James Smetham (1821 - 1889)

Lot 297: James Smetham (1821-1889)


February 19, 2003
London, United Kingdom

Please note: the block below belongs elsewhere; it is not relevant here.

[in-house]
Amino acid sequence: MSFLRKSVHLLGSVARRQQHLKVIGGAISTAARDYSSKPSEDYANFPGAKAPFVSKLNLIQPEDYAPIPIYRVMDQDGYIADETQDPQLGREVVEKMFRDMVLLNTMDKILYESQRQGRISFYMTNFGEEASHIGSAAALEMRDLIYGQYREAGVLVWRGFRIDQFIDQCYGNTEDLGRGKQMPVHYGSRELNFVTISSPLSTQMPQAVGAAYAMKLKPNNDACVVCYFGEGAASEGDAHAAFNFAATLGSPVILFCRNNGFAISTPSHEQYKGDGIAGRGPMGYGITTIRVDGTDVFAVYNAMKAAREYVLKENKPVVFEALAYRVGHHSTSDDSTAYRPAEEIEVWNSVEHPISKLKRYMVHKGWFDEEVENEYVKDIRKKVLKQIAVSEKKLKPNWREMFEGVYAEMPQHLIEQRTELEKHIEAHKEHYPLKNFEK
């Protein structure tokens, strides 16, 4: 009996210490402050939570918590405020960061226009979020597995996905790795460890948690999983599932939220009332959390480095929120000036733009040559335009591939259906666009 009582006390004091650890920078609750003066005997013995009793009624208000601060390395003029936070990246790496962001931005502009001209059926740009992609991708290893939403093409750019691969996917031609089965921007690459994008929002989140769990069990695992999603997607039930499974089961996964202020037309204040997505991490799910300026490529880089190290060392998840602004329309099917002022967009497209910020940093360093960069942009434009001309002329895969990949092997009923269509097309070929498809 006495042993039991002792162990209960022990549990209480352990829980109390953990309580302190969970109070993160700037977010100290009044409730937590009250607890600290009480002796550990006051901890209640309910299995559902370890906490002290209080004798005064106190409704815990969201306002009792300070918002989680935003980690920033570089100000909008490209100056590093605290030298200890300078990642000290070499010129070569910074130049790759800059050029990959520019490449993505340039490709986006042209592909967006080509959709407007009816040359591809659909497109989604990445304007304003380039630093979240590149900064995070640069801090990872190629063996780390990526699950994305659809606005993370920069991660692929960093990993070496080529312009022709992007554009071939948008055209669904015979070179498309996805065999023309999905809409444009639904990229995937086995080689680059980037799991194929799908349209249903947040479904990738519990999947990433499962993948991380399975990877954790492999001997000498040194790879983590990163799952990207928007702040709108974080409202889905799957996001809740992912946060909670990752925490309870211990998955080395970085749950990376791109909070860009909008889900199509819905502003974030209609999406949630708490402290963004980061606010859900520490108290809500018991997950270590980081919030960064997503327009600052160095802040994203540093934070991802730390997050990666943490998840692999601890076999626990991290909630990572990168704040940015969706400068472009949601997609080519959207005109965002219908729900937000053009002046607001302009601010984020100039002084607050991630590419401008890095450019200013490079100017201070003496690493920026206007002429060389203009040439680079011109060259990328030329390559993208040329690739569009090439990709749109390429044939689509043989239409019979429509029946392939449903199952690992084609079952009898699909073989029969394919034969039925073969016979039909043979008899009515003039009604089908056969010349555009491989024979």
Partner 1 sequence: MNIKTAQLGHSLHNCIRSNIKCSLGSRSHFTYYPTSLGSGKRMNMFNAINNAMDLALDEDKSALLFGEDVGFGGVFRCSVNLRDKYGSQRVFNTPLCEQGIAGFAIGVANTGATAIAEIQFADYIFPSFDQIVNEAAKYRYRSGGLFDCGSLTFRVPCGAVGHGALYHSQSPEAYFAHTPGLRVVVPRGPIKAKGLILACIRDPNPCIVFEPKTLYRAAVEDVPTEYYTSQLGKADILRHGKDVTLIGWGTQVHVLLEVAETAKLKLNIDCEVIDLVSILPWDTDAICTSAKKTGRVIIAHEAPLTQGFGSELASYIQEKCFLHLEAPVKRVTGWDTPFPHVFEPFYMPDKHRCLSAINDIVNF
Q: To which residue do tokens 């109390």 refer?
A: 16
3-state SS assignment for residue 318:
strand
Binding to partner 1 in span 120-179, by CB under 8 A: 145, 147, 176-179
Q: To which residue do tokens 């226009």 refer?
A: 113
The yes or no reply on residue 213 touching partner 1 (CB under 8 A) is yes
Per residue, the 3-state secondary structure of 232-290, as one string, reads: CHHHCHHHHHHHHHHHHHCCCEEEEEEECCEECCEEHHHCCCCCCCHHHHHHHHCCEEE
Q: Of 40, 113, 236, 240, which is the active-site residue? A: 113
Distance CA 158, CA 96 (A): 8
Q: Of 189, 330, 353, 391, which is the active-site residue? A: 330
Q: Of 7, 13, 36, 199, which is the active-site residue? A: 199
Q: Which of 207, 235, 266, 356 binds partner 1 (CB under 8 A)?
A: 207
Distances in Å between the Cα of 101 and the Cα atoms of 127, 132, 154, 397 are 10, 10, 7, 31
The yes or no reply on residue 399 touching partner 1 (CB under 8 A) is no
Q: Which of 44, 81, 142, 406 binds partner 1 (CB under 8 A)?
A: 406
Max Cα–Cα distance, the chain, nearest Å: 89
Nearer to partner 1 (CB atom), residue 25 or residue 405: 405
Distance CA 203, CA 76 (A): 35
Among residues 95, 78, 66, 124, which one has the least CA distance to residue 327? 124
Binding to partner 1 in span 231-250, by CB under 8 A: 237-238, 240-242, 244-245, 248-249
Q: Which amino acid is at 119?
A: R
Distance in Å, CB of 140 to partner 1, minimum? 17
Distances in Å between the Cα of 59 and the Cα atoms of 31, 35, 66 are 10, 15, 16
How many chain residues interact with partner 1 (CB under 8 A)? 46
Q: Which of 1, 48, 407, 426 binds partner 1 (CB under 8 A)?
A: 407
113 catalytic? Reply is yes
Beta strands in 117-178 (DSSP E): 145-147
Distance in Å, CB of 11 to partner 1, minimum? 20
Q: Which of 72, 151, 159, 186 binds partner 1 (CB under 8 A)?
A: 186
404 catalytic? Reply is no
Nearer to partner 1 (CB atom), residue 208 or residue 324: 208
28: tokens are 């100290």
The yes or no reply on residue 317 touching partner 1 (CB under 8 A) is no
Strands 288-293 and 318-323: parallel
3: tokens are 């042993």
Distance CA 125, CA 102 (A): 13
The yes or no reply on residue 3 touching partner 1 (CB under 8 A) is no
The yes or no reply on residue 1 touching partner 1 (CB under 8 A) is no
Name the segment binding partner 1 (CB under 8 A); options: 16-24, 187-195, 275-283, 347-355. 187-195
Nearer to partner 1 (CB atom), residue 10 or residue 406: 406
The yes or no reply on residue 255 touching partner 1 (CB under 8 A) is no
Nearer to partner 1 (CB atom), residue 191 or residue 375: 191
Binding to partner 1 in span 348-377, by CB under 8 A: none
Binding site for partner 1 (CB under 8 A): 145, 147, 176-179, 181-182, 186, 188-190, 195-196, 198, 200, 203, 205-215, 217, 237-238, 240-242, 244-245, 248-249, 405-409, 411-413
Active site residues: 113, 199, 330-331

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Description: Christ at Emmaus oil on panel 193/4 x 153/4 in. (50.2 x 40 cm.) PROVENANCE Mr Winders in 1856. Anon. sale, Christie's, London, 10 December 1963, lot 196. Charles and Lavinia Handley-Read, London. with The Fine Art Society, London, from whom acquired by the present owner. LITERATURE Sarah Smetham and William Davies (eds), The Letters of James Smetham, London, 1891, p. 16. Morchard Bishop and Edward Malins, James Smetham and Francis Danby: Two 19th Century Romantic Painters, London, 1974, p. 40. Susan P. Casteras, James Smetham: Artist, Author, Pre-Raphaelite Associate, Aldershot, 1995, pp. 103-5, 156(?), 164(?), illus. pl. 25 and in colour following p. 116. EXHIBITION London, Royal Academy, 1852, no. 23. Victorian and Edwardian Decorative Art: The Handley-Read Collection, 1972, no. A47. Paintings, Water-Colours and Drawings from the Handley-Read Collection, 1974, no. 74. The Royal Academy (1837-1901) Revisited, 1975-6, no. 62. The Pre-Raphaelite Era, 1976, no. 3-15. The Art of Seeing: John Ruskin and the Victorian Eye, 1993, cat. pl. 11. New Haven, Yale Center for British Art, James Smetham, 1994. London, Christie's, James Smetham, 1995, no. 14. A Brush with the Millenium, 2000, no. 5. NOTES The picture is one of Smetham's most important early works, and certainly the most important to have survived. Painted in 1849, when he was twenty eight, it was exhibited at the Royal Academy three years later, the second time that he had been represented on its walls. The subject is Christ's miraculous appearance to two of his disciples following the Resurrection (St Luke, ch. 24, v. 13-35). Sitting at supper with them at Emmaus, He remains unrecognised until He blesses the bread in emulation of the Last Supper and suddenly 'their eyes were opened'. In Smetham's picture one disciple is already experiencing the revelation while the other looks on with a degree of scepticism, still awaiting englightenment. The picture cannot be understood fully without an appreciation of Smetham's deep religious faith. Born and brought up a Methodist, he remained intensely alive to the spiritual dimension throughout his life. Yet while religion was a driving force and a constant source of inspiration to him as an artist, it also contributed to the morbid sensitivity and chronic sense of inadequacy that dogged his career and eventually led to his mental and physical breakdown. The picture was painted before Smetham moved to London in 1851, taking up a post at the Weslyan Normal College, a Methodist teacher training institution in Westminster, that he was to hold for twenty-six years. As a youth, he had been articled to the Lincoln architect E.J. Willson, who had encouraged him to make a detailed study of the Cathedral. There is perhaps a reflection of these experiences in the picture, with its strong architectural forms and a hint of a Gothic arch in the background. While living in Lincoln, Smetham had met the painter Peter De Wint. This had fired his ambition to be an artist, but the real sense of direction had come through reading Ruskin, who had published two volumes of Modern Painters by 1849. The picture probably betrays Ruskin's influence in its careful attention to naturalistic detail and the total sincerity with which the scene is envisaged. The impact of Pre-Raphaelitism, however, is hardly yet apparent, even though the picture was shown at the RA the same year as such masterpieces as Holman Hunt's Hireling Shepherd (Manchester) and Millais' Ophelia (Tate Gallery). Smetham in his persona as one of the most interesting associates of the Pre-Raphaelites did not emerge until he had met Ruskin and Rossetti in 1854. The picture was the most important of several Smethams that belonged to Charles and Lavinia Handley-Read, who between them did so much to pioneer the Victorian revival in the 1960s. Their self-inflicted deaths late in 1971 was an ever-to-be-lamented tragedy, depriving the movement of two much-loved and respected gurus and themselves of the opportunity to see the fruits of their labours. For other pictures from their collection see lots 34 and 156.
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